A touch of dog aggression was more than acceptable because of the knowledge that the poacher often brought along a dog on his nightly forays poaching game. With a swift attack from the gamekeepers dog and while the dogs were otherwise involved in their own battle, the poacher then only had to deal with the gamekeeper. But a swift dispatch of the poachers’ dog was a good thing and it was also mandatory that the bullmastiff dog be controlled. When he found and leaped upon the poacher he was only to stand over him, not bite or savage the man. When the dog was told to release or get off the poacher, it did. I shiver even today when there are 20 plus adult males cramed into a holding area at a dog show awaiting their turn in the ring. My first dog shows were 50 years ago. Adult males were separated by large distances. One dog and handler I remember well, went to a nearby hilltop at an outdoor show. The owner handler was signaled when the pair was due in the ring. The two ran down the hill, showed, got the ribbon and that was that. We have come a long way. This intense dominant character is not feasible or needed in today’s society.
One old story I was always drawn too was that of the gamekeeper always keeping a female bullmastiff in the house with the wife and children so that when an angry family member of the jailed poacher came after the gamekeepers family, he meets the guard dog from hell. The parents felt safe with their guardian dog sleeping with the children and warning away intruders. I certainly have seen these traits in my own Dogs. My daughter has had a bullmastiff by or in her bed since birth until she left home for college
The factual part of the history of the bullmastiff is well documented. The oldest reference I can find is in the last half of the 1700’s. It was an advertisement for a lost bull and mastiff cross with a reward offered due to how valuable the owner felt the dog was to his family.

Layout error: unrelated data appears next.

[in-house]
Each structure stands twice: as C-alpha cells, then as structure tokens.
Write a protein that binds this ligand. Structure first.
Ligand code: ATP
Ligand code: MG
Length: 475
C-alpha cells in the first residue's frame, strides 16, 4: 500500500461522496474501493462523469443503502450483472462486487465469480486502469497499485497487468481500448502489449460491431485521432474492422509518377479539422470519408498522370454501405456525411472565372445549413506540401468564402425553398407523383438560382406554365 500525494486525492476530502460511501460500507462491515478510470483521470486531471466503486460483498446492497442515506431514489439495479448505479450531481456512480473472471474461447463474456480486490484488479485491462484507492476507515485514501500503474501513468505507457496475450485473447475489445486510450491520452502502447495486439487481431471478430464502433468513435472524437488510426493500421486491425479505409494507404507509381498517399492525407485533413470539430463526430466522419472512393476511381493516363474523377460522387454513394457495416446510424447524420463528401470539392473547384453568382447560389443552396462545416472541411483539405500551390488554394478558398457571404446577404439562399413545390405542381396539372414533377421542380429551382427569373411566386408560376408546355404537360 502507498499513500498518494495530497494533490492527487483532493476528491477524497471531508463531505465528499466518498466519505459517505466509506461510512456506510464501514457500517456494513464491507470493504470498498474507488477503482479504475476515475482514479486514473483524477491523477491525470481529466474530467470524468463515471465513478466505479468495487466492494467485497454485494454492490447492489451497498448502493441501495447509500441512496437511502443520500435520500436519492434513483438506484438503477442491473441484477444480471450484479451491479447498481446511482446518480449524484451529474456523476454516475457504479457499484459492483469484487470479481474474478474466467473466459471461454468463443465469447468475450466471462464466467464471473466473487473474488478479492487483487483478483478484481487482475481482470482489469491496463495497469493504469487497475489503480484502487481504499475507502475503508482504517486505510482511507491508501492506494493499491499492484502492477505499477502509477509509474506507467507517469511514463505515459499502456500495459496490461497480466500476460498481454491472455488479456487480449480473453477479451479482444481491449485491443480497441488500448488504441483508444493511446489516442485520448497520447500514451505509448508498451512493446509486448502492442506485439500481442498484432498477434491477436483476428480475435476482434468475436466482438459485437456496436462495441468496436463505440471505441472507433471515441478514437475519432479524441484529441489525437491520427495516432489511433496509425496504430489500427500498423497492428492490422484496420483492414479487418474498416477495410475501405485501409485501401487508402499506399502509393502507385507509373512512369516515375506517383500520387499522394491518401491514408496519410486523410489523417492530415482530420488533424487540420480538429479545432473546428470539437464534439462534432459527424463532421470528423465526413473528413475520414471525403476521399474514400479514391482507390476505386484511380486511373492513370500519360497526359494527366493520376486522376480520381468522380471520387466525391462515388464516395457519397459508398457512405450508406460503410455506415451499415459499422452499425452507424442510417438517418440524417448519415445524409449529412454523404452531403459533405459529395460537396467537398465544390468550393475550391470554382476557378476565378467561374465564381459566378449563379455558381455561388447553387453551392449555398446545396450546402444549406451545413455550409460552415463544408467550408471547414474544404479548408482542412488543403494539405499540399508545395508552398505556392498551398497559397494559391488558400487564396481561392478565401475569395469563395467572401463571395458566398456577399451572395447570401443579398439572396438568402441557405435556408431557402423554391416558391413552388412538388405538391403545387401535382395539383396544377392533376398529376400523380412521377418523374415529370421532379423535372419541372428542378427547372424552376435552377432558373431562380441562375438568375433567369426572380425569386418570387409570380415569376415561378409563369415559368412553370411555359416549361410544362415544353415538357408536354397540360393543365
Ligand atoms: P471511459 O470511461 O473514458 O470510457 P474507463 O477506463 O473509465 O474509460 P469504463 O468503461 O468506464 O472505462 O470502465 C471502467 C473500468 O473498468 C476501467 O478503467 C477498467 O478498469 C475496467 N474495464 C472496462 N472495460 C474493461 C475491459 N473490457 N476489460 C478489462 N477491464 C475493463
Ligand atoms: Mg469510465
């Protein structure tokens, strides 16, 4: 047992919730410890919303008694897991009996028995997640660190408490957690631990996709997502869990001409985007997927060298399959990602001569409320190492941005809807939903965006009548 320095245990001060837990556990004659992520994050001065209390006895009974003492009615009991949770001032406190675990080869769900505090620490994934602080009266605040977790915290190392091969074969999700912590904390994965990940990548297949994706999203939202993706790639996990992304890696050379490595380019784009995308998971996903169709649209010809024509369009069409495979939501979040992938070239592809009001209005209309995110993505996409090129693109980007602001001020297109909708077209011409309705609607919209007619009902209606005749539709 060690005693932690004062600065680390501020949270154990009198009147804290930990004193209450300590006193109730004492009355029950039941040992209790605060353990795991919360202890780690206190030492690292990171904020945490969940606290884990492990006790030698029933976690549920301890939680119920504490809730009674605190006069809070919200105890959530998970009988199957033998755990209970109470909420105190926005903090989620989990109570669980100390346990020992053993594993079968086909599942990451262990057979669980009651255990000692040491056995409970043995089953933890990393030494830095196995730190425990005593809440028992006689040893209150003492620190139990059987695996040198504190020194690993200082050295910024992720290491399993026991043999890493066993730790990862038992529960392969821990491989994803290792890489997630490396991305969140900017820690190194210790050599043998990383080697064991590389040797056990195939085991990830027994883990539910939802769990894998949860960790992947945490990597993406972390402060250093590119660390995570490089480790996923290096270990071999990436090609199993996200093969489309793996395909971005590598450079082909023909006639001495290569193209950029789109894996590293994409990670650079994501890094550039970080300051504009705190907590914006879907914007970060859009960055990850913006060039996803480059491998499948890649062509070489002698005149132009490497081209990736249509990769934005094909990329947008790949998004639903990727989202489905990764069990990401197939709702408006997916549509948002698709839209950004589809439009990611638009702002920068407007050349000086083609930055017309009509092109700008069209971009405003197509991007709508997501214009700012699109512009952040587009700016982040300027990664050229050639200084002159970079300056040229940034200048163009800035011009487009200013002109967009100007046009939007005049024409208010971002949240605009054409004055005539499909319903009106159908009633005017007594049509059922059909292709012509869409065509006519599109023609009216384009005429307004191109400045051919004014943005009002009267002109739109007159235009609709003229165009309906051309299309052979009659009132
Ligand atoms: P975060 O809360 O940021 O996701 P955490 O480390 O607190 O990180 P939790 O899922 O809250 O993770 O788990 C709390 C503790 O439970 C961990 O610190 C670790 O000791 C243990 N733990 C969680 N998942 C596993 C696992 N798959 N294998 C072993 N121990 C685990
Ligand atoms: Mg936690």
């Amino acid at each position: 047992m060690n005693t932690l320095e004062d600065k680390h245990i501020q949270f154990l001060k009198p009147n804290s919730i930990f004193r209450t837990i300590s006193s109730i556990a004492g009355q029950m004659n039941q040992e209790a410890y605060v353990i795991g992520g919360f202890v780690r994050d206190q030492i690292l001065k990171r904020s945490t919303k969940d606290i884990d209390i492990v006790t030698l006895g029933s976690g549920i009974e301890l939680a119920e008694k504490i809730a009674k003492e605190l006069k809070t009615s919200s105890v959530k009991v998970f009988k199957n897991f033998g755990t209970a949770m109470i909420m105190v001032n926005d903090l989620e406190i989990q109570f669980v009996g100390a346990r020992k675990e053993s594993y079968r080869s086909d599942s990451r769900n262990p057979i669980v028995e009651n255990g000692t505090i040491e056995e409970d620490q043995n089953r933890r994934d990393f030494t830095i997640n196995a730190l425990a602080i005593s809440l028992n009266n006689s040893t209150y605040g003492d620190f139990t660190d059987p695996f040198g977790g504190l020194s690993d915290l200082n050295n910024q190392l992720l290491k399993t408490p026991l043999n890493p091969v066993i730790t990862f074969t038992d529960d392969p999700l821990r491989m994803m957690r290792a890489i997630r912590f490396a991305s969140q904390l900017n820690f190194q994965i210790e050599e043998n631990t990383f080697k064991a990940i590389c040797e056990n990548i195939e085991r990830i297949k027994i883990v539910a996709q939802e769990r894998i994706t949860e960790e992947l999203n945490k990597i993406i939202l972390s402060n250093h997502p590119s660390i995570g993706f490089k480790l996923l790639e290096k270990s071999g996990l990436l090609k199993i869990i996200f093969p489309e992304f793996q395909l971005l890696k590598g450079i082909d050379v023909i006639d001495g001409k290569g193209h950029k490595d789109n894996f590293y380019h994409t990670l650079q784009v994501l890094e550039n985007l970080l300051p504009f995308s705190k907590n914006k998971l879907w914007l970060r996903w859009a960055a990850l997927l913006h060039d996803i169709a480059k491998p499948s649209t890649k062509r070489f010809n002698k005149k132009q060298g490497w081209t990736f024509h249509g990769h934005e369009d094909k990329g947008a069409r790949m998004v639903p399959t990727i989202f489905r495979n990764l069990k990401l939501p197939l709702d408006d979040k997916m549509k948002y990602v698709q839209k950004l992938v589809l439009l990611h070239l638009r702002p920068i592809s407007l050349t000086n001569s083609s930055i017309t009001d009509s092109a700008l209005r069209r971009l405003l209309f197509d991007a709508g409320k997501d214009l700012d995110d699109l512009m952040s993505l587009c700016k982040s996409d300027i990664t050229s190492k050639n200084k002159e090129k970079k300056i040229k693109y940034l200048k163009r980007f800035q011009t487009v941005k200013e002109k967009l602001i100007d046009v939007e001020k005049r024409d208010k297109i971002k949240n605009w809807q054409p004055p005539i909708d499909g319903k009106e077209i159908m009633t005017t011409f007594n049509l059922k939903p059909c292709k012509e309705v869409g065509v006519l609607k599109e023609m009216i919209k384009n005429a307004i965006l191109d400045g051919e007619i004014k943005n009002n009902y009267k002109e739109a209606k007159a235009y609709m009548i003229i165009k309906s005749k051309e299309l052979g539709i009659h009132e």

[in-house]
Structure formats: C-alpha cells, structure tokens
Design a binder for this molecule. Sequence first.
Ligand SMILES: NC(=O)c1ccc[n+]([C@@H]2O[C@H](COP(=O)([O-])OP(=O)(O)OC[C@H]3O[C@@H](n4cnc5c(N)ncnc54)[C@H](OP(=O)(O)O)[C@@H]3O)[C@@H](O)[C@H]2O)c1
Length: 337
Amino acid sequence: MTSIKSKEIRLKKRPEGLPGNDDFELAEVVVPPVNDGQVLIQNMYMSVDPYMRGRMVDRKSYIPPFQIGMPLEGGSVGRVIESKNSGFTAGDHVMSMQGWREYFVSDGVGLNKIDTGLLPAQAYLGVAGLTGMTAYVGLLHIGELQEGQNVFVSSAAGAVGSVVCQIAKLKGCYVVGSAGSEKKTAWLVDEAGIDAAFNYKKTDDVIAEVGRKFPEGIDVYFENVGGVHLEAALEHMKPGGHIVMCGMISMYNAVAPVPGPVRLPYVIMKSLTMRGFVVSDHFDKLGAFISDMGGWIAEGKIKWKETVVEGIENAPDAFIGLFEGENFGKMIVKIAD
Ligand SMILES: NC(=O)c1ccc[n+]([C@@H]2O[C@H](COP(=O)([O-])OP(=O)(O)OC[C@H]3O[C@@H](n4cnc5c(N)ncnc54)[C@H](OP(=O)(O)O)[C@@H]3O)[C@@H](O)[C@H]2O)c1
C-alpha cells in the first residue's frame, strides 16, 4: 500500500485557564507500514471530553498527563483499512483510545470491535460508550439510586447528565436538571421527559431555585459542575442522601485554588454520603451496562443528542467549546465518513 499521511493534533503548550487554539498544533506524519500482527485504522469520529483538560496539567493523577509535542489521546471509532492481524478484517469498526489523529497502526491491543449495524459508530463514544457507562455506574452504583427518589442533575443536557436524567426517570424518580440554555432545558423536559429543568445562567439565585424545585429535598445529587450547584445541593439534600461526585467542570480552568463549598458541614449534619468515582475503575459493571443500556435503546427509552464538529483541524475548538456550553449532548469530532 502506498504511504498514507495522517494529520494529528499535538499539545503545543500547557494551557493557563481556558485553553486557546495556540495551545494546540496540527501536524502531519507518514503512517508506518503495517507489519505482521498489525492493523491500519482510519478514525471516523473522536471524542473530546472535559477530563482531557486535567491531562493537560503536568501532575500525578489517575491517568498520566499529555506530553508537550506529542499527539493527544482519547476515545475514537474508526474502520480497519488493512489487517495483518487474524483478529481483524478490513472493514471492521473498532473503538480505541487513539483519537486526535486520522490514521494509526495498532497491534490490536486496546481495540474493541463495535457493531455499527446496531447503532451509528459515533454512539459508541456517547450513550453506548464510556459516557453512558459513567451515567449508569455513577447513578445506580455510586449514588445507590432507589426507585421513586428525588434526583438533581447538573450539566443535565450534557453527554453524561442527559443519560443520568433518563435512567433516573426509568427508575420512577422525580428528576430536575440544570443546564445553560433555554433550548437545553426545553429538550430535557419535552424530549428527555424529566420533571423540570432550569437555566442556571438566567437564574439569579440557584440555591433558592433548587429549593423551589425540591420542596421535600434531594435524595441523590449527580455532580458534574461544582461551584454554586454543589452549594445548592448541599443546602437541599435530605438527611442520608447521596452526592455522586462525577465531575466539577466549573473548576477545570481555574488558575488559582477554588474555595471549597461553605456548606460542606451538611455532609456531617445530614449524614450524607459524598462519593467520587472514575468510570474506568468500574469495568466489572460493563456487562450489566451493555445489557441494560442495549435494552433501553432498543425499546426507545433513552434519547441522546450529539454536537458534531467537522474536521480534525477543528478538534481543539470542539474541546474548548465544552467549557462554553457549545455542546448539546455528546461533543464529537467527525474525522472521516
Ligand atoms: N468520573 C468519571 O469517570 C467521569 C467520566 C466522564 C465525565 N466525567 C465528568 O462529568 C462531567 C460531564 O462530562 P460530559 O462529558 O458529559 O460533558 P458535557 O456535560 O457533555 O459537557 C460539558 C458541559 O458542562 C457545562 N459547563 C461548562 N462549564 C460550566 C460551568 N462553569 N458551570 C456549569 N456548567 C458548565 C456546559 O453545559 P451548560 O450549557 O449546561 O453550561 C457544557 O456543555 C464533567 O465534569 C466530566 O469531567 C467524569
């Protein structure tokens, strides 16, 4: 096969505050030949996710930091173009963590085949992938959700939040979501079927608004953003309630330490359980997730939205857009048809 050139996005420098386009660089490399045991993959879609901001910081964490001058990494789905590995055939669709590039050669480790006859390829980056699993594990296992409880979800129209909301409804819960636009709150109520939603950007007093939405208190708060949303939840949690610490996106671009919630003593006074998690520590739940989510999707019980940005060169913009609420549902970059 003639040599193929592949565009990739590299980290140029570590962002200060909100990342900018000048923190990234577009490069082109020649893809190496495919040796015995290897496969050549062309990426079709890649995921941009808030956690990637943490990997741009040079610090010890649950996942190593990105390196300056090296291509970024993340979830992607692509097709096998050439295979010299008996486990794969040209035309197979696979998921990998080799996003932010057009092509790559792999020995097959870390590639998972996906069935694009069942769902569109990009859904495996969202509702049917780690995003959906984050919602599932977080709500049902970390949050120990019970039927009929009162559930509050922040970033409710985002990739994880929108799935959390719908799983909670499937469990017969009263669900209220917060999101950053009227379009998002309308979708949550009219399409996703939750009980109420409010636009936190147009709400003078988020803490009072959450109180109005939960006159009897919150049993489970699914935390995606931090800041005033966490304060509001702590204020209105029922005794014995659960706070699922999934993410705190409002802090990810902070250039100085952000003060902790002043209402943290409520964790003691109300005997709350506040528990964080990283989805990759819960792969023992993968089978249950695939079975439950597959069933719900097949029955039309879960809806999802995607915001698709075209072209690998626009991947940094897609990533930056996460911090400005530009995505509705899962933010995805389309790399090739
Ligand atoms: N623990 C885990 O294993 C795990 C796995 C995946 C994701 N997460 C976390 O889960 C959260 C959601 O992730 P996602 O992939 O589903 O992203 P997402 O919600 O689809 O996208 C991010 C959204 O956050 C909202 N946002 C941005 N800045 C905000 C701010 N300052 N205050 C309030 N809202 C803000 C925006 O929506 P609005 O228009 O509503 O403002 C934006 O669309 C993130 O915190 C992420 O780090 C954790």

The books I enjoyed reviewing the most for this articule are;
Guard Dogs by J. Watson Mac Innes F.Z.S 1949
This book has a section on the bullmastiff
The bull-mastiff as I know it by Arthur Craven FZS. 1937
The Bullmastiff by Clifford L. B. Hubbard 1957
We all wonder about aspects of this breed that have often been ‘hush/Hush’ such as long hairs and dudleys . There is a comment by Arthur Craven on how “UNETHICAL BREEDERS introduced Newfoundlands, Saint Bernards and other breeds to increase head size or other traits that they felt were important. The full statement is on page 32 of Mr Craven’s book.
THE LONG Hair is still cropping up in breeding programs and can be a concern especially for those unaware of its possibility. Before there was a genetic marker you proved a dog by breeding to a long hair producer. If no long hair pups, your dog was considered “clean”. I have produced both long hairs and dudleys. And both can be beautiful dogs that are prized as pets but not incorporated into a responsible breeding program since both are considered detrimental faults according to the breed standard.
To see what our breed was meant to be, attend a current day agility runs. In your mind’s eye, translate the various obstacles into a tree, a log, a berm, a creek, a woodland. Now take this ideal to your breeding program.